Difference between revisions of "Late Binding Token"

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# User held key fobs that have very limited functionality other than to carry a private key (aka user [[Credential]] and the ability to sign or decrypt hashes.
 
# User held key fobs that have very limited functionality other than to carry a private key (aka user [[Credential]] and the ability to sign or decrypt hashes.
 
# User held mobile devices like [[Smart Phone]]s that come with a built in [[Trusted Execution Environment]] that can perform the same function.
 
# User held mobile devices like [[Smart Phone]]s that come with a built in [[Trusted Execution Environment]] that can perform the same function.
 +
One rather interesting cross-over use of the [[Smart Phone]] as the source of trusted authentication replacing the user held key fobs is described in [https://security.googleblog.com/search/label/android%20security this use of Android phones] as the second factor. "On Chrome OS, macOS, and Windows 10 devices, we leverage the Chrome browser to communicate with your Android phone’s built-in security key over Bluetooth using [https://fidoalliance.org/specs/fido-v2.0-id-20180227/fido-client-to-authenticator-protocol-v2.0-id-20180227.html FIDO’s CTAP2] protocol. On iOS devices, Google’s Smart Lock app is leveraged in place of the browser."
  
 
==Problems==
 
==Problems==
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The exact form of the [[Late Binding Token]] is widely variable from [[Smart Card]]s to [[TPM]] buried inside of a [[Smart Phone]] or other computing device. Existing solutions tend to be bound only to a single service provider, they would not be considered to be [[Late Binding Token]]s. The two most common implementations are:
 
The exact form of the [[Late Binding Token]] is widely variable from [[Smart Card]]s to [[TPM]] buried inside of a [[Smart Phone]] or other computing device. Existing solutions tend to be bound only to a single service provider, they would not be considered to be [[Late Binding Token]]s. The two most common implementations are:
 
# Portable key fob that can interface to a variety of devices with USB or Bluetooth protocols. Most often these use [[FIDO U2F]] or [[Web Authentication]] protocols.
 
# Portable key fob that can interface to a variety of devices with USB or Bluetooth protocols. Most often these use [[FIDO U2F]] or [[Web Authentication]] protocols.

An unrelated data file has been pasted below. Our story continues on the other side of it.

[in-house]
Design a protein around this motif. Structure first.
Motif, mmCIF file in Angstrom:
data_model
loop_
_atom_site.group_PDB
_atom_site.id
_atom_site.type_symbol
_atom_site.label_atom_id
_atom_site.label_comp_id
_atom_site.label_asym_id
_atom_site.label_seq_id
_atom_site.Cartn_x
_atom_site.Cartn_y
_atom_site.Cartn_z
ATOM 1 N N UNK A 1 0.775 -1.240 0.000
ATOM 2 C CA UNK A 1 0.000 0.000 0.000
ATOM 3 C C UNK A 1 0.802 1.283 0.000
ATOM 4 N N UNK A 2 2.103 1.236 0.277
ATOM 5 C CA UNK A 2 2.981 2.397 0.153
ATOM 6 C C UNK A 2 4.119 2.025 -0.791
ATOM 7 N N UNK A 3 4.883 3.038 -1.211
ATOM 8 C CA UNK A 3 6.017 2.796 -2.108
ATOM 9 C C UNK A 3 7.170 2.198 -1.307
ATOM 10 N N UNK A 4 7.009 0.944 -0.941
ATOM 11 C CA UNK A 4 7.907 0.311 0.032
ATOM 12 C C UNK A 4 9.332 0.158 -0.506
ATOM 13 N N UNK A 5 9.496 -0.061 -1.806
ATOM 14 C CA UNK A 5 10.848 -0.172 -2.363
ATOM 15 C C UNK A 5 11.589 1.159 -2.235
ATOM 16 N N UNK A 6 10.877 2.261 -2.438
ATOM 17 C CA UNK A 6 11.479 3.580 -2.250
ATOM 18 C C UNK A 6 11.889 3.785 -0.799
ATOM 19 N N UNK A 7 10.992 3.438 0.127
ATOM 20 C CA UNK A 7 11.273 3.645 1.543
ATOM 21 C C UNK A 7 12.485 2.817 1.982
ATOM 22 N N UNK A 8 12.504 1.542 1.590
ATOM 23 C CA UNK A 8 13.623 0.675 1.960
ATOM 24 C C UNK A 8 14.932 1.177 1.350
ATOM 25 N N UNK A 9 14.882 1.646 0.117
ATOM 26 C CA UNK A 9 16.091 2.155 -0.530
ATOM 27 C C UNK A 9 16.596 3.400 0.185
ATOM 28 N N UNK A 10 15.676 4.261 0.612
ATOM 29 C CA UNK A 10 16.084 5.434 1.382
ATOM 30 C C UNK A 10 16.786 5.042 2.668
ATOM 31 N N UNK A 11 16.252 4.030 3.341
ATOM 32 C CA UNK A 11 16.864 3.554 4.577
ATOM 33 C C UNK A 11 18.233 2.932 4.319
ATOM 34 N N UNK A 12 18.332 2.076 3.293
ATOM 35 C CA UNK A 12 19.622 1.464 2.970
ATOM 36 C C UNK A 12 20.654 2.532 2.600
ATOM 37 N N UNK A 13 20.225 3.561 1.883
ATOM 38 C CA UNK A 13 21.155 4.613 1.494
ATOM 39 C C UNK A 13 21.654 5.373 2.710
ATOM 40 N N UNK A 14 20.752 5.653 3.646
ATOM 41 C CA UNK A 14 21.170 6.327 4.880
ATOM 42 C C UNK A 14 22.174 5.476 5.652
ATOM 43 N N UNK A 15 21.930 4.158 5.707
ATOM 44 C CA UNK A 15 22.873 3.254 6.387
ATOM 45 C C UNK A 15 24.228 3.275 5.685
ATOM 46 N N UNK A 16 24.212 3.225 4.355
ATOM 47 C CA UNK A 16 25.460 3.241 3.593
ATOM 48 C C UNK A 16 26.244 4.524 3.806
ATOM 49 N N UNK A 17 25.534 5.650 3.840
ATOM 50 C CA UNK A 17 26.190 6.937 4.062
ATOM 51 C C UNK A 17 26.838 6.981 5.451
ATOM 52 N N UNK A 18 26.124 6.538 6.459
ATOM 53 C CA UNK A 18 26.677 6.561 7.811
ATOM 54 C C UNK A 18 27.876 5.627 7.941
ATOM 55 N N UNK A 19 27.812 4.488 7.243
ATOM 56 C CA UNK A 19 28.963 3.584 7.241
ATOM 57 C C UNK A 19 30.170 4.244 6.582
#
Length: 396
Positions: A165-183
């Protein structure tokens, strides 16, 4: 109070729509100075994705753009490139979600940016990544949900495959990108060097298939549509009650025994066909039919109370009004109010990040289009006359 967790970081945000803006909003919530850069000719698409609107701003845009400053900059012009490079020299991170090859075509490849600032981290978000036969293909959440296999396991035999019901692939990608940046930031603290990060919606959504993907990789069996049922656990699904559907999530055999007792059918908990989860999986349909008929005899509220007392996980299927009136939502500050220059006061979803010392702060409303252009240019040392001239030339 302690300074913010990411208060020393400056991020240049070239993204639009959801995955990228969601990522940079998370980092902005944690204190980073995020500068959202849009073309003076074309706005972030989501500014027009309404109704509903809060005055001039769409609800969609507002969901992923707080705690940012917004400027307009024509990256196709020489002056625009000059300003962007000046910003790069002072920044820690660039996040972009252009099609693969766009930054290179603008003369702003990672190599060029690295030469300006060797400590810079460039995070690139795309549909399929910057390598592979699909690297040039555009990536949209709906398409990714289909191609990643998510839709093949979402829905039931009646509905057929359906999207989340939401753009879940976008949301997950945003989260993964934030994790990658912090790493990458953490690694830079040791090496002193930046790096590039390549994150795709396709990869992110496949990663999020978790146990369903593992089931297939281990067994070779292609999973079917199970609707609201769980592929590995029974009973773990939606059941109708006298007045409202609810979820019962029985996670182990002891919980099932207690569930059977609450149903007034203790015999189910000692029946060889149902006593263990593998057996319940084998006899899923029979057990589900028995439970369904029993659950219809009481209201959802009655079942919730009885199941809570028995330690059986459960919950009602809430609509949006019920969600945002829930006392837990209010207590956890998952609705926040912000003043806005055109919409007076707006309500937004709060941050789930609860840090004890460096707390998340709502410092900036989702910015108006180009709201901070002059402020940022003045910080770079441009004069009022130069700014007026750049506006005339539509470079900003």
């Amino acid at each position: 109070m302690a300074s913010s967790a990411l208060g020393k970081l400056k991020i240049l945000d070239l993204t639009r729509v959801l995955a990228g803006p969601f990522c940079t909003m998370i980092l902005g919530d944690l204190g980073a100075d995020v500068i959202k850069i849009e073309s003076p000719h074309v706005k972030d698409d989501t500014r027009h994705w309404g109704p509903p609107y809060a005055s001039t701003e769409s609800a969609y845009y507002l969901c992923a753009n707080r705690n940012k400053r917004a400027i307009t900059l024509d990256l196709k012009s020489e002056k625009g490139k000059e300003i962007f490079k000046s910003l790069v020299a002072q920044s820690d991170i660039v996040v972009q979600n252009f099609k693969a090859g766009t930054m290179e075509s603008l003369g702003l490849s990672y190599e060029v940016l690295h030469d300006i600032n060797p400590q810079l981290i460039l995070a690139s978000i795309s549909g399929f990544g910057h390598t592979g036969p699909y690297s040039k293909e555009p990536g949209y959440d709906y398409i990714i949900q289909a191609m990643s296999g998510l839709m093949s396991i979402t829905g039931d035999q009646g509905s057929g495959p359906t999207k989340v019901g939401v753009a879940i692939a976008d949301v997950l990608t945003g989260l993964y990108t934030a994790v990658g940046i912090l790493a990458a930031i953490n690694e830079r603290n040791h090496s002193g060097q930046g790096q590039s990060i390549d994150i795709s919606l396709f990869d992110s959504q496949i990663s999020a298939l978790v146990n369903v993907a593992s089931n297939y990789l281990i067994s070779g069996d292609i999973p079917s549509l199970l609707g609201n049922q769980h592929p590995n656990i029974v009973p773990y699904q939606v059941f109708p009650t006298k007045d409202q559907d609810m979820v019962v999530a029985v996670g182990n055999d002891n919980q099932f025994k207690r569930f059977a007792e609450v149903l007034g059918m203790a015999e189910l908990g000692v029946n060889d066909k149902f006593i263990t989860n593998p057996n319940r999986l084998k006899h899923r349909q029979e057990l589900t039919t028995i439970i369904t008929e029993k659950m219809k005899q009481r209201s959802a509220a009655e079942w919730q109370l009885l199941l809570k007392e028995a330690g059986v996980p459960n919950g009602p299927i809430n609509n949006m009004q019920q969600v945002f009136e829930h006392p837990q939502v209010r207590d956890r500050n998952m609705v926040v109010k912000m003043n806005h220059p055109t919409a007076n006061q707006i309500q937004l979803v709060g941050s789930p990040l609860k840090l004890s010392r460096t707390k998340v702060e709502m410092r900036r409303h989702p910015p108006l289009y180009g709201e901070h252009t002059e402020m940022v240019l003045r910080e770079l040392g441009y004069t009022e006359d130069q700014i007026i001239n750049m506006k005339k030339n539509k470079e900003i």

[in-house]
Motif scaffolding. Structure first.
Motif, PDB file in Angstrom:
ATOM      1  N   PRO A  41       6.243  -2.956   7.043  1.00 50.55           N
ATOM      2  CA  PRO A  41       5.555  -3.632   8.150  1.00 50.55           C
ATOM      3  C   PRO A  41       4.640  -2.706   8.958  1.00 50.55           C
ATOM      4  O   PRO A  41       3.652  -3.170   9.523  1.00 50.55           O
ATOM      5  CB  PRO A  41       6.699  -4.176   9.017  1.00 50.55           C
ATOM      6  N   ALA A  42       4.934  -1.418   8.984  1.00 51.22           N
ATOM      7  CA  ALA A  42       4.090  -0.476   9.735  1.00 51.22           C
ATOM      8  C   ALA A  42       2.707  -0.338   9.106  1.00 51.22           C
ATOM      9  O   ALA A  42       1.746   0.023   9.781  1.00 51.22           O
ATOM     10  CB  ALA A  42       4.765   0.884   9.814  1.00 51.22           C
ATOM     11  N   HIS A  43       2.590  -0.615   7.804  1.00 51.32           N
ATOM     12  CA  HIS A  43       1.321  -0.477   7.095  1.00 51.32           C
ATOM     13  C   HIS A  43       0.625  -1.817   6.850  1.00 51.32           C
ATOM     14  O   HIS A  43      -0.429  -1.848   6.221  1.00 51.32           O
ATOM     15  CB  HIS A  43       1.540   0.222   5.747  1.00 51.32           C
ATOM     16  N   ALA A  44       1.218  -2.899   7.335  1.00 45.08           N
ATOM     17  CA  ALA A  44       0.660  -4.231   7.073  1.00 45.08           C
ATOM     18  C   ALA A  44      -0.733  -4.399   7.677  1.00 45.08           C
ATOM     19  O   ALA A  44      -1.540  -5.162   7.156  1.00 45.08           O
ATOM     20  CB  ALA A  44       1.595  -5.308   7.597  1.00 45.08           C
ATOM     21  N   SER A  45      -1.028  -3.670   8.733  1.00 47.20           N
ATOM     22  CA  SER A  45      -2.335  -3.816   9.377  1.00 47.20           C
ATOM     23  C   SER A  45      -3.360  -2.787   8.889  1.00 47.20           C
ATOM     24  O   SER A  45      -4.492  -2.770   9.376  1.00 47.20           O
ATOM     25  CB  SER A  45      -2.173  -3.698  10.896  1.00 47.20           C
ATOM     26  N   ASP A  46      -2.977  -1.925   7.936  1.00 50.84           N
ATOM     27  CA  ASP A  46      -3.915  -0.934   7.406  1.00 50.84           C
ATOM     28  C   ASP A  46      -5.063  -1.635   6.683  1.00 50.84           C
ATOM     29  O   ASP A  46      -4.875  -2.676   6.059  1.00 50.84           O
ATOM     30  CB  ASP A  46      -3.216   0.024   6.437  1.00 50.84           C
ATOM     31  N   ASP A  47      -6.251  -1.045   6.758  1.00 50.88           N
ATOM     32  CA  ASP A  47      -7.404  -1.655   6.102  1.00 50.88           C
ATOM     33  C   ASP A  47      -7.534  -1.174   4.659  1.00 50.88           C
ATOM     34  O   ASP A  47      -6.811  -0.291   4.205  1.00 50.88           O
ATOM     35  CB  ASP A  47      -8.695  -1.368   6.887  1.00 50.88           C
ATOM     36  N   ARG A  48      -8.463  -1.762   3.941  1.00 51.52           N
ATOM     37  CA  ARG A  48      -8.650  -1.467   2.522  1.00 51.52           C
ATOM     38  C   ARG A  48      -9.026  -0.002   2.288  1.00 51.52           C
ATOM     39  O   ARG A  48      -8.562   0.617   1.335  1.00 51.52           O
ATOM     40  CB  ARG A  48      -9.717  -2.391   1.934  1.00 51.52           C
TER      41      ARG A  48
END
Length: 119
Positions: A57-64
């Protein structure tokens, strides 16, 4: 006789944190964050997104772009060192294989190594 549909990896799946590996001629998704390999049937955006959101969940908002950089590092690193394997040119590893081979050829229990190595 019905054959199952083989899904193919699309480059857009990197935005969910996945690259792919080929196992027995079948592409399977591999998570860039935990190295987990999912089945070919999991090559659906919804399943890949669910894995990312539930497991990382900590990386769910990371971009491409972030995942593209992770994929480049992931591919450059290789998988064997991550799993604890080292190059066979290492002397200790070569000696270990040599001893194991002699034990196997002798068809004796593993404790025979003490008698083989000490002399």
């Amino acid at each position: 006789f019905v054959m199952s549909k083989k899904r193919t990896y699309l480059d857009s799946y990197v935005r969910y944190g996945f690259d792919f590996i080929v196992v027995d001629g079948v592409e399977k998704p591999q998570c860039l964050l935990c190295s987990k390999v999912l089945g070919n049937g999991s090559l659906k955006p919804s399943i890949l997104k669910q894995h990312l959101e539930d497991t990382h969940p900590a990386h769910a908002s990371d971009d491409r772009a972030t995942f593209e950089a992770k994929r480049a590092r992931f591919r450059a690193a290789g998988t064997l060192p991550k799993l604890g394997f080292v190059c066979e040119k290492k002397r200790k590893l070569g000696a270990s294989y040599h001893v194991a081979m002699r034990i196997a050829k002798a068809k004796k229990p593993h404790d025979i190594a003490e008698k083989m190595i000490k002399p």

# Portable devices that contain a [[Trusted Execution Environment]] with in them, often in the form of a TPM.
+
# Portable devices that contain a [[Trusted Execution Environment]] within them, often in the form of a TPM.
 +
But it is also true that some [[Smart Phone]]s, [https://security.googleblog.com/search/label/android%20security like Android] can be programmed to look like a simple key fob.
  
 
==References==
 
==References==

Latest revision as of 14:29, 23 July 2019

Full Title or Meme

A Security Token that can be bound to a Site after it has been shipped to theUser.

Context

There are two broad classifications of Late Binding Tokens.

  1. User held key fobs that have very limited functionality other than to carry a private key (aka user Credential and the ability to sign or decrypt hashes.
  2. User held mobile devices like Smart Phones that come with a built in Trusted Execution Environment that can perform the same function.

One rather interesting cross-over use of the Smart Phone as the source of trusted authentication replacing the user held key fobs is described in this use of Android phones as the second factor. "On Chrome OS, macOS, and Windows 10 devices, we leverage the Chrome browser to communicate with your Android phone’s built-in security key over Bluetooth using FIDO’s CTAP2 protocol. On iOS devices, Google’s Smart Lock app is leveraged in place of the browser."

Problems

There are a few problems that need to be mitigated with Late Binding Tokens.

  1. The Relying Party must be assured that the device is legitimate and did create the message that was sent from the user to validate an interchange.
  2. The user would like to be able to use one token to secure message interchanges with more than one service so they don't get asked to carry multiple tokens.
  3. Some services want to be assured that the user was present during any interchange. This feature is not available with all tokens.

Solutions

The exact form of the Late Binding Token is widely variable from Smart Cards to TPM buried inside of a Smart Phone or other computing device. Existing solutions tend to be bound only to a single service provider, they would not be considered to be Late Binding Tokens. The two most common implementations are:

  1. Portable key fob that can interface to a variety of devices with USB or Bluetooth protocols. Most often these use FIDO U2F or Web Authentication protocols.
  2. Portable devices that contain a Trusted Execution Environment within them, often in the form of a TPM.

But it is also true that some Smart Phones, like Android can be programmed to look like a simple key fob.

References